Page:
Now imagine that your place on the line is static, with no room for growth, no capacity for the maturity of self-reflection and wisdom.
You don’t move “up” the line as you learn more, experience more, develop in the way that every human develops across their whole lifespan.
There’s no room for you to move “down” the line either: the way you function now is the way you function for the rest of your life. When you’re the first-time parent of a newborn, or when your own parent dies, or when you lose your job, move house, support a sibling through chemotherapy … Still the same place on the line, whatever contextual factors might impact you. That’s on a macro scale.
Now consider the micro scale: every day, you need to function on that point, on that line, regardless of whether you’re hung-over, you’ve missed breakfast or your all-important-morning caffeine dose, you have a major work commitment, you have a migraine, your period, a cold.
It’s limiting, right?
It reduces you, and it reduces your experiences – your development, your progress – to nothing. It gives you nowhere to go, no opportunity to live, no opportunity to feel the stressors and the joys, the losses and the wins, that we all experience every day.
And yet, that’s exactly what a linear spectrum does to Autistic people.
We are not static. We grow. We regress. Just like you.
Our functioning on any given day, on any given week, or month, or year, fluctuates depending on the many variables and contextual elements of our lives. Some of those may be external, some may be internal. We are not one isolated element; we are the sum of our parts, the whole made up of the immeasurable number of lines that would be necessary to comprise the entirety of human experience.
I’ve been trying to think of the right analogy to capture the complexity, the fluidity of the Autism spectrum, if we’re going to keep that language.
I have always been attracted to the imagery of a kaleidoscope or a fractal, but however stunningly beautiful and complex these are, they are fundamentally based on a repetitiveness that isn’t representative of the human – of the Autistic human – experience.
Maybe think about the Autism spectrum like a sunset. If you watched every sunset, every day of your life, you would never see the same sunset twice.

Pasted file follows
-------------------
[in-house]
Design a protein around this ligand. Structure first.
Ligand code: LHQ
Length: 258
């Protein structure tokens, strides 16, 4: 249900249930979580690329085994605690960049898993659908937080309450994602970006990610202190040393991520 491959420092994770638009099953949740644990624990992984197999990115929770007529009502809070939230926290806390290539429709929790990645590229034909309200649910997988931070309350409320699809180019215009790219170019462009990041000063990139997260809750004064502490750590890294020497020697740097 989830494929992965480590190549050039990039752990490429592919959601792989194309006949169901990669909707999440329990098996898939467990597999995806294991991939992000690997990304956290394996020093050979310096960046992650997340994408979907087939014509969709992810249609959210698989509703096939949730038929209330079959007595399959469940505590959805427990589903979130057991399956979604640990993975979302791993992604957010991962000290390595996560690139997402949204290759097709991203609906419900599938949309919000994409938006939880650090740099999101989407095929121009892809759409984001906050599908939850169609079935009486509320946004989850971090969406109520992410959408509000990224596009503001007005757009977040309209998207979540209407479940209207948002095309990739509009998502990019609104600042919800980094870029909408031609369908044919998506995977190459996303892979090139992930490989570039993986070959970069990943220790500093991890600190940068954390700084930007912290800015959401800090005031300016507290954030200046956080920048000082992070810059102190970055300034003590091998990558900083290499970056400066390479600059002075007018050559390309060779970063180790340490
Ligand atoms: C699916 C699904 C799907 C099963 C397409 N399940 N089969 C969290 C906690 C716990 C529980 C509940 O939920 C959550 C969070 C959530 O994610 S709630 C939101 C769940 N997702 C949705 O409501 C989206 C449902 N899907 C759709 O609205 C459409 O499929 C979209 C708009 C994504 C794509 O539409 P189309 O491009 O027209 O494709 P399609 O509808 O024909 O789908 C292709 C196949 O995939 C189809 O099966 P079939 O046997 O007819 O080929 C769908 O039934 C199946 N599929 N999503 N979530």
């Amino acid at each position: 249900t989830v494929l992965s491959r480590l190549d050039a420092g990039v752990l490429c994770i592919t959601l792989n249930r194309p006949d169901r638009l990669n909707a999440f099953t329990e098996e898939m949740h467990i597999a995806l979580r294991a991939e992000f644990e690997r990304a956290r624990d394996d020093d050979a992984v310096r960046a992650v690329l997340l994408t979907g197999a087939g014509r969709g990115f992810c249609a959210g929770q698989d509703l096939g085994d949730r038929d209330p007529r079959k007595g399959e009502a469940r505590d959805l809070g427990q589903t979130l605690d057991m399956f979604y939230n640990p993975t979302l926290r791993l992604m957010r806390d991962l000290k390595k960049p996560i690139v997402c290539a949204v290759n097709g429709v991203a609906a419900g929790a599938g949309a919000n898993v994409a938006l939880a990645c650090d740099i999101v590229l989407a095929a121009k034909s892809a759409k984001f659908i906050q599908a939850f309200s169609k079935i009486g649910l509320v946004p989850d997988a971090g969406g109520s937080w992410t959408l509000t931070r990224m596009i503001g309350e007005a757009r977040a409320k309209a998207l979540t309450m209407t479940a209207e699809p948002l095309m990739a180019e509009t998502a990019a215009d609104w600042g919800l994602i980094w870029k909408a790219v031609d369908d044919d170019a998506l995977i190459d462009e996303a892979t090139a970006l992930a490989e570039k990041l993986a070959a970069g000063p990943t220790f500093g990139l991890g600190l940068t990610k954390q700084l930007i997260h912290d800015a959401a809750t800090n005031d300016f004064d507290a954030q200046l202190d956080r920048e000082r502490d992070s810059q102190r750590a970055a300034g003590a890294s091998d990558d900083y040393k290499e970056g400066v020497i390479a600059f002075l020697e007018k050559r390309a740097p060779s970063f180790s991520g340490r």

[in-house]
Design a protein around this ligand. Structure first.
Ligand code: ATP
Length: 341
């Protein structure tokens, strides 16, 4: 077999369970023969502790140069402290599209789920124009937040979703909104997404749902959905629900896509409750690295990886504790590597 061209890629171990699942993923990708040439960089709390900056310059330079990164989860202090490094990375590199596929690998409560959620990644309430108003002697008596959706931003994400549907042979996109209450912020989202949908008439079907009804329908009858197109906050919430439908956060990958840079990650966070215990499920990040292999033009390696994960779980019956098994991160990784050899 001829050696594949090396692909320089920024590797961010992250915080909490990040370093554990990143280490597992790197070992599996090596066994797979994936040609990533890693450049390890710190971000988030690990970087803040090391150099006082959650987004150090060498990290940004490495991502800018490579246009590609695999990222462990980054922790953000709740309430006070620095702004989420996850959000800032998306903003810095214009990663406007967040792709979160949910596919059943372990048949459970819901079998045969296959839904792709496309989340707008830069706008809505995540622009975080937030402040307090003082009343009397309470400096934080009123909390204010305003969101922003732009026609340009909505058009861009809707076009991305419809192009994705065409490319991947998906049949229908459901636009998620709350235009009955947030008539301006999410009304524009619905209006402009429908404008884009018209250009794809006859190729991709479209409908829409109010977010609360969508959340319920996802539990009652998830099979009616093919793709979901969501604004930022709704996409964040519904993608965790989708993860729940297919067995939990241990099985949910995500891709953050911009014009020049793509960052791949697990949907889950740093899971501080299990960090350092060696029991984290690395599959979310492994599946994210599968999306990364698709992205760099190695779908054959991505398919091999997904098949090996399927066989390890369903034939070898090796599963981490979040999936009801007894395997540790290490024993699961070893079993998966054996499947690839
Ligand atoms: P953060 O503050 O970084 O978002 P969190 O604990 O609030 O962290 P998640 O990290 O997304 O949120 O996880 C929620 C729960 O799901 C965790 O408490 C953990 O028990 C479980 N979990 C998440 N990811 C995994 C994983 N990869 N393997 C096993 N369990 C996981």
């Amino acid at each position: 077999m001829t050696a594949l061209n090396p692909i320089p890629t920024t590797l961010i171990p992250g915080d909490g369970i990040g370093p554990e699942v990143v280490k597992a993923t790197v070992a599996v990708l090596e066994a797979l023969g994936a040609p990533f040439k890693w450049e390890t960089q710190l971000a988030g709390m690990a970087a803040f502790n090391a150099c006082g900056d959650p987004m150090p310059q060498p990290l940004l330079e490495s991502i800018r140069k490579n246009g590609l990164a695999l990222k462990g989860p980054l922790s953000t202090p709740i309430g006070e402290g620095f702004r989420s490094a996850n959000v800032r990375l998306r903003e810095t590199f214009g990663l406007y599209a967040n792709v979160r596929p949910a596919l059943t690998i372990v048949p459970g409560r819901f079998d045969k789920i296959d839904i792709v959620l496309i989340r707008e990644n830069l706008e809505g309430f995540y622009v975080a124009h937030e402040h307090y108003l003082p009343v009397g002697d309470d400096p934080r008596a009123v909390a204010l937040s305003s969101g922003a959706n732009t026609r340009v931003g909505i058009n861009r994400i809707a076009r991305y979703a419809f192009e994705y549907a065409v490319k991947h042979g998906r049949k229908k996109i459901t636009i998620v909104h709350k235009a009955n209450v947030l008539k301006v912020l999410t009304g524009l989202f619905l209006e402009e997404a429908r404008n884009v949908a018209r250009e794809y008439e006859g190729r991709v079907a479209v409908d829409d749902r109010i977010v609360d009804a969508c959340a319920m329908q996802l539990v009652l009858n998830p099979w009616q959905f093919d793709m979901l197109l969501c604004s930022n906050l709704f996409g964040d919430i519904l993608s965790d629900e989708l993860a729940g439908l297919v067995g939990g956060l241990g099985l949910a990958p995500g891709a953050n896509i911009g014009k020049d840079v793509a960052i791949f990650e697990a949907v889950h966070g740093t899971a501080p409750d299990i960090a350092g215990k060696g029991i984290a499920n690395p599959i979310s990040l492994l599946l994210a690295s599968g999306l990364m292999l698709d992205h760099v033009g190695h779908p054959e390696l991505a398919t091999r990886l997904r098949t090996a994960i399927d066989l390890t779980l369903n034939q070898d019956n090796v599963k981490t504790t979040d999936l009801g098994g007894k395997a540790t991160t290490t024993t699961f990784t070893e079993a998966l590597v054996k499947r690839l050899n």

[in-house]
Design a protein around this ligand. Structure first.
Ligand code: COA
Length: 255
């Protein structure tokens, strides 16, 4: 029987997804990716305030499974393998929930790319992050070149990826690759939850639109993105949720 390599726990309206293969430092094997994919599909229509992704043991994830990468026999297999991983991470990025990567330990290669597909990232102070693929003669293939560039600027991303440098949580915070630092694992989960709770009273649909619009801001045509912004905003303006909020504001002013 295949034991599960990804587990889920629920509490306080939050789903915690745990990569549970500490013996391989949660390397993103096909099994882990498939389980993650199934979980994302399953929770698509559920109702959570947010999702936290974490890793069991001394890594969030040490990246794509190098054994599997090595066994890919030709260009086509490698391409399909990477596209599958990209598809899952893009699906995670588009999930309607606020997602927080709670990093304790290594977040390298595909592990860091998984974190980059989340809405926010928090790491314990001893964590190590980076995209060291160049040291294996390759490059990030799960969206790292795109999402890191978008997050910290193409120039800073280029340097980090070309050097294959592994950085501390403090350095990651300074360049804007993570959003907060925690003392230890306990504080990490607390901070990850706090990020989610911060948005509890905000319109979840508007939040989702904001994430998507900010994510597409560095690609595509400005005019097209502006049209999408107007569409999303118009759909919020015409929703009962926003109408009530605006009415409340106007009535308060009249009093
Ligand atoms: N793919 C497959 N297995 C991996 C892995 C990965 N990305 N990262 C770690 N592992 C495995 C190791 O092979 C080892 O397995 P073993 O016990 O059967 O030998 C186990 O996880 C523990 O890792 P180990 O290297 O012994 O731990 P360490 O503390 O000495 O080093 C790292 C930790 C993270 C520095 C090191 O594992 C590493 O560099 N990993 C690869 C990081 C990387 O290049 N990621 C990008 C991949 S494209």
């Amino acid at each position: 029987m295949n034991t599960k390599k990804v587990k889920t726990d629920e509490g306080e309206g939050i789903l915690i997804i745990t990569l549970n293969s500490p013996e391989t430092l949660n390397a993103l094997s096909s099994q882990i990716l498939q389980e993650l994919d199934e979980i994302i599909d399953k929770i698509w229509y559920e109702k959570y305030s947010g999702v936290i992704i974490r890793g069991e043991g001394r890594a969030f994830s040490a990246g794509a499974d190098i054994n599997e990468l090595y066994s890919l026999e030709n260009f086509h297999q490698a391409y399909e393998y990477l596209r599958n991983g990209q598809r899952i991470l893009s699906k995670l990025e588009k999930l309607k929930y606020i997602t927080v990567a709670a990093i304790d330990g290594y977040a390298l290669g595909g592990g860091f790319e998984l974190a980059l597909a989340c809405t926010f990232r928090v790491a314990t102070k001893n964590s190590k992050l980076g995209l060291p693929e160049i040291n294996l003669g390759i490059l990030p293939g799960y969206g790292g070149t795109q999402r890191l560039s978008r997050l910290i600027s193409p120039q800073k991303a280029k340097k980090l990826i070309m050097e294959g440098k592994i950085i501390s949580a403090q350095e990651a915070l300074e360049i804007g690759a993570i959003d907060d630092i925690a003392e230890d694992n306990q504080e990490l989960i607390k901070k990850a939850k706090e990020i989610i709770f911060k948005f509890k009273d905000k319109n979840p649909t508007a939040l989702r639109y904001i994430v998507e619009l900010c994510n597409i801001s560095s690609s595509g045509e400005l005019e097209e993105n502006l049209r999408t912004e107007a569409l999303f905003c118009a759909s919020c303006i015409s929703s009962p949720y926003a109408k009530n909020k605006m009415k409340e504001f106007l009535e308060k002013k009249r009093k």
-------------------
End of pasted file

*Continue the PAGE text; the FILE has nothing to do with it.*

And the sunset you see is not the sunset someone else sees, even if you are sat shoulder-to-shoulder, staring at the same scene.
Over time, of course, you would learn to recognise some similarities to the sunset: the hues of the sky, the patterns of shadow, the play of light. If you learned to look carefully, you would also begin to recognise all the subtle differences, the nuance, the depth, the intricacy, the interplay of elements.
Sometimes you might be watching the sunset from a different vista and see something you’ve never seen before … maybe the fiery scarlet of a sunset in the tropics, or the cool lilac-blue hues, stained with a blush of pink, as the sun dips behind the Norwegian glaciers.
Sometimes you might think you’ve become accustomed to the sunset, that you know it. But then a storm will roll through, whipping across the sky with a zeal of movement and ferocious lightning, tinging the sky a sickly grey-green that heralds a coming hailstorm.
Sometimes that sunset will be stunning. Sometimes it will be mundane. Sometimes it will be awesome.
But it will be ever-changing, ever reacting to the conditions that shape it – shifting depending on who sees it, and from where, and with what eyes – a fiercely independent force, not able to be confined by an outside observer who could never really hope to know the depths of its complexity. Rather like the Autism spectrum